Feature: A tale of 2 time zones in one piece of land-Xinhua

Feature: A tale of 2 time zones in one piece of land

Source: Xinhua

Editor: huaxia

2022-03-28 22:05:30

by Xinhua writers Wang Zhuolun, Shang Hao and Li Binian

JERUSALEM, March 28 (Xinhua) -- Israelis and Palestinians may disagree on bags of issues, but not to a degree seen over the past weekend when they answered the plain question: "What time is it?"

This year, Daylight Saving Time (DST) came into effect in Israel at 2 a.m. local time on Friday with clocks set 60 minutes forward to 3 a.m., equivalent to an hour less of sleep for the night. The daylight mode would end on Oct. 30 and clocks would be set back by an hour.

However, in Palestine, the time change did not kick in until midnight Sunday, almost two days later than in Israel.

It is probably the only place where two time zones are precisely set, not for a geographical reason but rather by the sticky political status quo, and the inconvenience it brought can be felt so directly among the locals who, in fact, live in close proximity.

While most Israelis shared the same clock on both sides of the Green Line, the border separating pre-1967 Israel from the occupied Palestinian territories, the Palestinian people are divided by the dimension of time.

Palestinians in Israel and East Jerusalem followed the Israeli time, while those in the West Bank and the Gaza Strip changed to DST nearly two days later.

The experience is particularly jarring for more than 120,000 Palestinians who work in Israel and the Jewish settlements in the West Bank, according to official statistics, since on the one hand, they observe Palestine Standard Time, on the other hand, the workplace commonly runs under Israeli time.

"Life has become very complicated. Some of them move between time zones several times a day," said Israeli news commentator Yuval Ben-Ami.

Take bus schedule for example, on Friday and Saturday, buses in East Jerusalem and the Israeli-occupied West Bank operated under Israeli time, while mobile phones of most passengers still showed Palestinian time.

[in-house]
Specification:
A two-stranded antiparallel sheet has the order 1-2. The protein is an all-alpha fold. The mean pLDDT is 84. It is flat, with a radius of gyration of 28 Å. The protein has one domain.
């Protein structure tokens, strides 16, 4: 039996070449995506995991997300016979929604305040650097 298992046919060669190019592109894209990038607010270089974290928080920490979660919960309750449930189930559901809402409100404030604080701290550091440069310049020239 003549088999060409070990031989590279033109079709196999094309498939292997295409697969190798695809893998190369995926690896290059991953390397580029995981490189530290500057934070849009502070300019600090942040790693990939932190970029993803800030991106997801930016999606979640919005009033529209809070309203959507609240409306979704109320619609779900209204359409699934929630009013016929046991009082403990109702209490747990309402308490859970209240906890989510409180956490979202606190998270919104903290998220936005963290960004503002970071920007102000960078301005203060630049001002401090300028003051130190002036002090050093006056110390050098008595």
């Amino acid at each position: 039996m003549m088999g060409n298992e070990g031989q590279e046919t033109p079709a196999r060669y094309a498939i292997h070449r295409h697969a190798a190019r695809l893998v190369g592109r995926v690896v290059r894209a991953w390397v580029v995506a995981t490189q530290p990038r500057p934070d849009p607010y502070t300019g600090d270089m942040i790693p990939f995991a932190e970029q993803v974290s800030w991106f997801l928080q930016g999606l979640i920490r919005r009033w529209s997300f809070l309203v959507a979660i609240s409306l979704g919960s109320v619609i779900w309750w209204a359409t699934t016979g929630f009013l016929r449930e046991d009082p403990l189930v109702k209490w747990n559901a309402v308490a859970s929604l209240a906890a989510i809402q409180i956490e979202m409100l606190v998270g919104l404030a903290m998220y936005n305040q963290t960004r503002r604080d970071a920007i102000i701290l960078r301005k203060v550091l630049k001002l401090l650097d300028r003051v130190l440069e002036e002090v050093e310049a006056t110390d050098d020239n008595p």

"You need to be aware of the time you show up in the workplace" during the clock-change period, said a Jerusalem resident Mark Salomon, out of worries that failing to keep track of time during commute may result in arriving late.

Telling the time in Jerusalem is even more confusing, given that some of its neighborhoods use Palestinian time. Not to mention that the time settings of mobile phones and apps are likely to vary between the west and east of the city. When a person crossed a street, her mobile phone clock can change in a tick.

"Although I live in Palestine and use Palestinian SIM cards, my phone automatically synchronizes with Israeli time," said Omar Abdeen, who resides in the West Bank city of Bethlehem near Jerusalem.

"I was so befuddled that I had to change the time zone setting from automatic to manual," he added.

On this one count, some Israelis suffered as much as the Palestinians from the man-made time difference. An Israeli man said going astray in time change once cost him a rage from his wife.

"I was playing poker with friends, and I promised my wife I'd be home by two at night," said the resident from Israel's Beit Shemesh. "I looked at the clock, saw it was 1:15, and thought I had 45 minutes. Then the other players told me it was in fact 2:15. I rushed home and my wife was waiting for me awake. She was not happy."

In most years, the date of Israel and Palestine to enter or exit DST varied by only a few days, but in some years the "time difference" was wider.

In 2013, Palestine switched off DST in late September, while it was not until late October that Israel leveled the time, ending an entire month of "time difference" troubling those who had to work across the borders and live in the border area between Israel and Palestine.

"It's stupid. I don't understand why we live together but at different time zones," complained Wassam, a resident of the West Bank city of Ramallah.